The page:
Kostas Glampedakis, Nils Andersson, Ian Jones, Lars Samuelsson
A key issue in the physics of neutron stars is understanding the structure and evolution of their magnetic field. There is ample astrophysical motivation for carrying out research on this subject. For instance, the high-energy burst activity observed in the most strongly magnetized neutron stars, the systems known as magnetars, is believed to be powered by the magnetic field itself. It is also suspected that the slowly evolving magnetic field in the interior of neutron stars provides the poorly understood evolutionary link between different subgroups of the known neutron star population.
Our recent work has been focussed on the effect of superfluidity and superconductivity (properties acquired by the bulk of neutron star matter soon after the star's birth) on the magneto-hydrodynamics of neutron stars.
Christian Krüger, Erich Gaertig, Kostas Kokkotas
During the past few years, oscillations and instabilities of rapidly rotating stars have been studied both in a perturbative way by additionally fixing the spacetime and by solving the full set of the Einstein equations. A primary reason for these studies is the fact, that rapidly rotating stars can be destabilized due to the so-called CFS-instability; a secular instability that operates via a dissipative effect, the emission of gravitational waves. Most of these studies have been performed with configurations of rigidly rotating neutron stars. However, in order for the CFS-instability to be effective one typically needs very high rotation rates which are most likely to be found in young, newly born neutron stars. In this phase, they not only rotate fast but also differentially, i.e. the angular velocity is not constant throughout the star. In this study, we investigate the effect of various degrees of differential rotation on the frequencies of non-axisymmetric perturbations and its influence on the onset of the CFS-instability.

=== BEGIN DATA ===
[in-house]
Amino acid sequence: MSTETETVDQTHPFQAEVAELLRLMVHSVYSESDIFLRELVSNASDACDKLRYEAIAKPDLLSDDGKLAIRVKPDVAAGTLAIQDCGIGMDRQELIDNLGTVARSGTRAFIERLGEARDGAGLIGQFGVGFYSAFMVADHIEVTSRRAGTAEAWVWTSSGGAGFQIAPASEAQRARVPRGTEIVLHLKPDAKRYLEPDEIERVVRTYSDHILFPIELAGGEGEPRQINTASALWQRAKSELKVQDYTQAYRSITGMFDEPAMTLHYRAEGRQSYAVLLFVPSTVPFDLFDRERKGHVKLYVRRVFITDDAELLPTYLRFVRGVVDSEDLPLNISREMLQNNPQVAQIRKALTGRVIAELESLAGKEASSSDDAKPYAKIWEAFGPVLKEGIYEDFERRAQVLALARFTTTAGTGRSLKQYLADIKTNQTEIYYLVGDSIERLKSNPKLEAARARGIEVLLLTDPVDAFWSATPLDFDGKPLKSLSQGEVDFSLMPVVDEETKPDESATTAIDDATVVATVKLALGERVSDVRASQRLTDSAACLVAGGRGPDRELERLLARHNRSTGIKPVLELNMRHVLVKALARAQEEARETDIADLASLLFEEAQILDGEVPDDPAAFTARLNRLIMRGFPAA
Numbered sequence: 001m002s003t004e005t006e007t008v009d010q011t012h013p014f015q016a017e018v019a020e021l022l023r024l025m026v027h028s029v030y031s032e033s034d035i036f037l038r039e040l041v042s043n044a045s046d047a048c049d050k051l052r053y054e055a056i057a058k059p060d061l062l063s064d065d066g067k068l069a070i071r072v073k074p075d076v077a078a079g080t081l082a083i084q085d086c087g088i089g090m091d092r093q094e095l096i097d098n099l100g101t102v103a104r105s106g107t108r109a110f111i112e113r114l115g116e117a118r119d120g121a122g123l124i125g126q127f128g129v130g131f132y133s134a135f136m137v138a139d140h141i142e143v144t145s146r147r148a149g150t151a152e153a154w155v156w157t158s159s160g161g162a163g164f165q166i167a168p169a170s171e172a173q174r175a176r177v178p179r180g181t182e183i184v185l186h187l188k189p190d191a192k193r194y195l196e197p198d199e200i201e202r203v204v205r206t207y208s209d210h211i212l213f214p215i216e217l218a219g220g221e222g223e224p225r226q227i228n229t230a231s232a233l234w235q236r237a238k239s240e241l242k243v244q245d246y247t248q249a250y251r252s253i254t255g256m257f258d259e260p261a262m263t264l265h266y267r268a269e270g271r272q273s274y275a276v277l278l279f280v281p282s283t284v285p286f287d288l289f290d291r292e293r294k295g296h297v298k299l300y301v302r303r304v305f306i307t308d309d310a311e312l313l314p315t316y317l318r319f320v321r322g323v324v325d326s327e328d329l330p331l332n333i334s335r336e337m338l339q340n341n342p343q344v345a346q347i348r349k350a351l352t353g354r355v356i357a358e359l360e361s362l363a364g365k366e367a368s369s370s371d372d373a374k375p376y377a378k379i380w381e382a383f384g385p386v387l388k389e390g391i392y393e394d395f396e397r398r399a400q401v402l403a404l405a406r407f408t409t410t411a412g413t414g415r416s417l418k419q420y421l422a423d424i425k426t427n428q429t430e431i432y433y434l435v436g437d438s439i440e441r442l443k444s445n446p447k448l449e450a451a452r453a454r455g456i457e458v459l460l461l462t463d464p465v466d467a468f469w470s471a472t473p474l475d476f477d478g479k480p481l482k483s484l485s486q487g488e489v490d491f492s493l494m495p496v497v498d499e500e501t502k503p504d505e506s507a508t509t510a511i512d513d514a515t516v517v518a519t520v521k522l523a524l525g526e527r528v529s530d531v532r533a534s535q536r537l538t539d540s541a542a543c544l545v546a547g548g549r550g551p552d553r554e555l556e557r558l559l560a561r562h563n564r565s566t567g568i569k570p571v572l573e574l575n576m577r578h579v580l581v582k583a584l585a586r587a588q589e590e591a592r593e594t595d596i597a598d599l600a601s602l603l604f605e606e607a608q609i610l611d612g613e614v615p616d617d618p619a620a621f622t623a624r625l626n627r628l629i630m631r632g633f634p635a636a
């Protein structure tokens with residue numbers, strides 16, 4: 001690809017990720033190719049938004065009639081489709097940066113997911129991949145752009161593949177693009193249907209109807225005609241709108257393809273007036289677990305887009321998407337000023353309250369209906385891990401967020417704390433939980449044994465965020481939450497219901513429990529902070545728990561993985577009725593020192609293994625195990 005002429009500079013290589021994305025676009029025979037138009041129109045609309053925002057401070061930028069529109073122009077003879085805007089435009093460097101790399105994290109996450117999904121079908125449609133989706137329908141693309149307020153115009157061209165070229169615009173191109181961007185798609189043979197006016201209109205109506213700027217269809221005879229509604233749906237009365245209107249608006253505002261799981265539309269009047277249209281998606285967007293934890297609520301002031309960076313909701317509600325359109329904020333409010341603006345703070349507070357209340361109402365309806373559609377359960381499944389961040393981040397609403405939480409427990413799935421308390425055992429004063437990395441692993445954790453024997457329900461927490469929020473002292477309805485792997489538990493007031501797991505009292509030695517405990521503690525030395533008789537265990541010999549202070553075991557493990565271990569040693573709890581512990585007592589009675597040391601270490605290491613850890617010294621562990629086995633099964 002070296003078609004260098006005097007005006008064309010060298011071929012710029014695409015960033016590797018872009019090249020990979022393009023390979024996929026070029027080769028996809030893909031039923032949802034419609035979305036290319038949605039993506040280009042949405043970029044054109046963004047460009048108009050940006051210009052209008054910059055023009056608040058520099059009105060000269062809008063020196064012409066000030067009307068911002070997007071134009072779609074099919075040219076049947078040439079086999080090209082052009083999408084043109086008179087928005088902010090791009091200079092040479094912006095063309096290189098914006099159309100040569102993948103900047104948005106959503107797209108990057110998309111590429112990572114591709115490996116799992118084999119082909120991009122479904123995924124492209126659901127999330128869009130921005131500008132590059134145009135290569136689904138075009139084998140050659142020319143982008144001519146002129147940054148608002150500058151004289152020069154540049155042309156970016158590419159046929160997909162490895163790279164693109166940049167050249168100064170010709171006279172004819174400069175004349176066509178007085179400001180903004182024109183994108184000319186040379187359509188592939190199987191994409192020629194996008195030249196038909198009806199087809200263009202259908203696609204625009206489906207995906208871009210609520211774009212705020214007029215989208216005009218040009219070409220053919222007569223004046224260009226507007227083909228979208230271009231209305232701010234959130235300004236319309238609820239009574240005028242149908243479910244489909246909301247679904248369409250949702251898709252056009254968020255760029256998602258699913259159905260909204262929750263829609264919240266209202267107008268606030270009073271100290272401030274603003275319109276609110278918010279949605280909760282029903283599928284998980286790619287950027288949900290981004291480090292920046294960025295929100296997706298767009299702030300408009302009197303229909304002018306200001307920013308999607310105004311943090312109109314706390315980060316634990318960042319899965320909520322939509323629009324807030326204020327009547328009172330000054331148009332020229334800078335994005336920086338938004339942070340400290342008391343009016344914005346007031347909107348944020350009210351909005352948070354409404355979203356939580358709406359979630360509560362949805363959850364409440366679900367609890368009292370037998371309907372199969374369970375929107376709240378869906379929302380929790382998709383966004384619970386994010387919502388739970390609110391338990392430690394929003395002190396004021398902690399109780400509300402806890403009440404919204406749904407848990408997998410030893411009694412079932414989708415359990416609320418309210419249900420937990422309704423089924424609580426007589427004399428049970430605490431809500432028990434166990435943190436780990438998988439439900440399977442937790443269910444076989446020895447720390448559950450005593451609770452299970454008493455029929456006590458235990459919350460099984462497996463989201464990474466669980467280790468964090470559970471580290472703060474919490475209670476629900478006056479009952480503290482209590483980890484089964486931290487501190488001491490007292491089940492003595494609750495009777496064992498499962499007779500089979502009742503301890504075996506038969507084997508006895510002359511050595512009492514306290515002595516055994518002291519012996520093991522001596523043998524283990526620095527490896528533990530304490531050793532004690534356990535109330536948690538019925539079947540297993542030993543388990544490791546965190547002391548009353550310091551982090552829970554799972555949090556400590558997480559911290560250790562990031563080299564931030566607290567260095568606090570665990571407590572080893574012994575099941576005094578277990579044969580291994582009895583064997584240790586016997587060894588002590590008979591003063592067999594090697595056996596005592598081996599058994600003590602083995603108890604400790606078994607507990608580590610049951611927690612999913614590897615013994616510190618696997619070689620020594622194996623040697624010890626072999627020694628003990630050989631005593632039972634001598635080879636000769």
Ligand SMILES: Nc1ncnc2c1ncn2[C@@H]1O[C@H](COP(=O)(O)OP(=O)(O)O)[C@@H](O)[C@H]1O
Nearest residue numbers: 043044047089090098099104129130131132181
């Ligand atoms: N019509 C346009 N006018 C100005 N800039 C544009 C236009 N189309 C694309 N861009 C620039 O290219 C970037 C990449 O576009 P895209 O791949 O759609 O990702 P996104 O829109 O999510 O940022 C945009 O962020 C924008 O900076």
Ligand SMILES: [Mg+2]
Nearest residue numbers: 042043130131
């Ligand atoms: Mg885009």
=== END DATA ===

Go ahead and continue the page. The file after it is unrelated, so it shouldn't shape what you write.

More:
Burkhard Zink, Oleg Korobkin, Erik Schnetter, Nikolaos Stergioulas
The Chandrasekhar-Friedman-Schutz instability in rapidly rotating, young neutron stars promises to be a substantial source of gravitational radiation, which may be observable from Earth in the near future. In this study, a fully general relativistic simulation code, THOR, is employed to determine the frequency spectrum of unstable modes of oscillation.